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NHL talks center on revenue sharing and the 'make whole' issue

Real negotiation is going on, but the process will be slow, people with knowledge of the proceedings say. Representatives from the league and the NHL Players' Assn. plan to meet again Thursday.

November 08, 2012|By Helene Elliott
  • NHL Commissioner Gary Bettman, left, leaves the NHLPA offices with Assistant Commissioner Bill Daly and NHL lawyer Bob Betterman following collective bargaining in Toronto on on Oct. 18, 2012.
NHL Commissioner Gary Bettman, left, leaves the NHLPA offices with Assistant… (Chris Young / Associated…)

Revenue sharing and the NHL's "make whole" mechanism to pay players the full value of their contracts dominated six hours of conversation Wednesday when representatives of the league and the NHL Players' Assn. met for the second straight day at an undisclosed site in New York.

They plan to meet again Thursday, again avoiding media scrutiny as they try to reach a new collective bargaining agreement and end the lockout the league imposed Sept. 15.

People with knowledge of the proceedings who were not authorized to comment said that the sides have reached the stage of real negotiation instead of one side expecting the other to capitulate, and that the process will be slow as they test wills.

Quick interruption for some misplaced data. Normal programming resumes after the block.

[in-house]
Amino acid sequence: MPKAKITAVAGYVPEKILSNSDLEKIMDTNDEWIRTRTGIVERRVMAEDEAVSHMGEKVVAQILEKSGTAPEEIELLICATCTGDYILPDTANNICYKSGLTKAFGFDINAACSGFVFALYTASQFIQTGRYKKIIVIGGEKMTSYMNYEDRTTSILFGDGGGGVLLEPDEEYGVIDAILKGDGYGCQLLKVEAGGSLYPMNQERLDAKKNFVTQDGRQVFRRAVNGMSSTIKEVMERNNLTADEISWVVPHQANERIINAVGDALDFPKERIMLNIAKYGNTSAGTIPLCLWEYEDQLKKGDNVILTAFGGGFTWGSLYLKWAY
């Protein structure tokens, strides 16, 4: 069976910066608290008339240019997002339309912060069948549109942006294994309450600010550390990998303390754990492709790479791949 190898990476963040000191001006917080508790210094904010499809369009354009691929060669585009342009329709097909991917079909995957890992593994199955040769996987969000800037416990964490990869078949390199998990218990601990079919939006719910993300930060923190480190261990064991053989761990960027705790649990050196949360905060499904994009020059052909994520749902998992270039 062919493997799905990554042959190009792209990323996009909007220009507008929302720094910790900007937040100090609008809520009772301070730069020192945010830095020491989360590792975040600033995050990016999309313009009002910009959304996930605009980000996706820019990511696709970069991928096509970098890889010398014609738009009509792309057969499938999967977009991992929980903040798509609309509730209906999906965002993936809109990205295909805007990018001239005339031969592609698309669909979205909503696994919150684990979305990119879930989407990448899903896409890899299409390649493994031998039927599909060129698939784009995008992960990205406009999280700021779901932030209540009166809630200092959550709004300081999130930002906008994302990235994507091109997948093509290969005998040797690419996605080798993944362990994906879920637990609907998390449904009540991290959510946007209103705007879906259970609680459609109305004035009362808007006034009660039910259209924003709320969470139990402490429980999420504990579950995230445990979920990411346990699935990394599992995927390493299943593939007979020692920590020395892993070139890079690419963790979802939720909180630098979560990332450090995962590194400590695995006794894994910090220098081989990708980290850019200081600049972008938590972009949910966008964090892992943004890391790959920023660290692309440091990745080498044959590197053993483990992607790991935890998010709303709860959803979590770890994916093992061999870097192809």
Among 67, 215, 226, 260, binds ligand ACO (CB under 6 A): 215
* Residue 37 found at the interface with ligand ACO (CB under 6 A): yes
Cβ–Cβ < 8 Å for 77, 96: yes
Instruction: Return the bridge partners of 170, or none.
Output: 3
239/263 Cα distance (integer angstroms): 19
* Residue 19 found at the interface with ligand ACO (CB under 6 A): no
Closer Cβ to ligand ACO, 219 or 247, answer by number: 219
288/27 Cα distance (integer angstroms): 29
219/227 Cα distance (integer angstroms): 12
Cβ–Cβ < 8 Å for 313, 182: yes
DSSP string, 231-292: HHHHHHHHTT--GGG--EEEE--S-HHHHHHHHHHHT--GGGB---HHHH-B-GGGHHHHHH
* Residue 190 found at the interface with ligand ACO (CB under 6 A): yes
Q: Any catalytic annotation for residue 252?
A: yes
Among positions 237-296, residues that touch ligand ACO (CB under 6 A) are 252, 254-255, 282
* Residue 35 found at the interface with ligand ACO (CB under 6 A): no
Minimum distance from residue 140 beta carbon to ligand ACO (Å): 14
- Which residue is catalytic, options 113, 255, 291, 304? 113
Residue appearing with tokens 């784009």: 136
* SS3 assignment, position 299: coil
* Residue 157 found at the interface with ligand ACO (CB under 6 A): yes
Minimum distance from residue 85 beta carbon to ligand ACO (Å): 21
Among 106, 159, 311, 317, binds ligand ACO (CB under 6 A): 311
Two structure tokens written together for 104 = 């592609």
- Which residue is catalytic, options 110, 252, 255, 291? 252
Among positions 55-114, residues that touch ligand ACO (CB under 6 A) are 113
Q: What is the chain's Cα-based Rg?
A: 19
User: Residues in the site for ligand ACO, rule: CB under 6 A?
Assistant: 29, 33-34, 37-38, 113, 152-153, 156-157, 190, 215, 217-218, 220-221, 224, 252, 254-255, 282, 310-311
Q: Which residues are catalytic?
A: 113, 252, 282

NHL Deputy Commissioner Bill Daly said he wouldn't comment on the substance or subject matter of the talks. Donald Fehr, executive director of the NHLPA, said in a prepared statement: "The NHLPA and the NHL met today to discuss many of the key issues. We look forward to resuming talks" Thursday.

The NHL's last proposal, put forward Oct. 16, would have committed $200 million toward revenue sharing that would shore up weaker clubs. Players wanted the league to contribute $250 million.

The make-whole issue hinges on players' objections to losing money by making hefty escrow payments as they transition from last season's 57% of hockey-related revenue to 50%. The NHL said it would repay them with deferred money, but in its last offer those payments would have counted against players' future earnings. Resolving that difference has been thorny.

Meanwhile, the chief executive of Molson Coors Brewing Co., whose sponsorship deal with the NHL has been valued at $375 million, blamed the lockout for the company's declining beer sales in Canada. Peter Swinburn told the Canadian Press news agency he will seek financial compensation from the NHL. "I can't quantify that, and I don't know because I don't know the scale of how long the lockout is going to last," he said.

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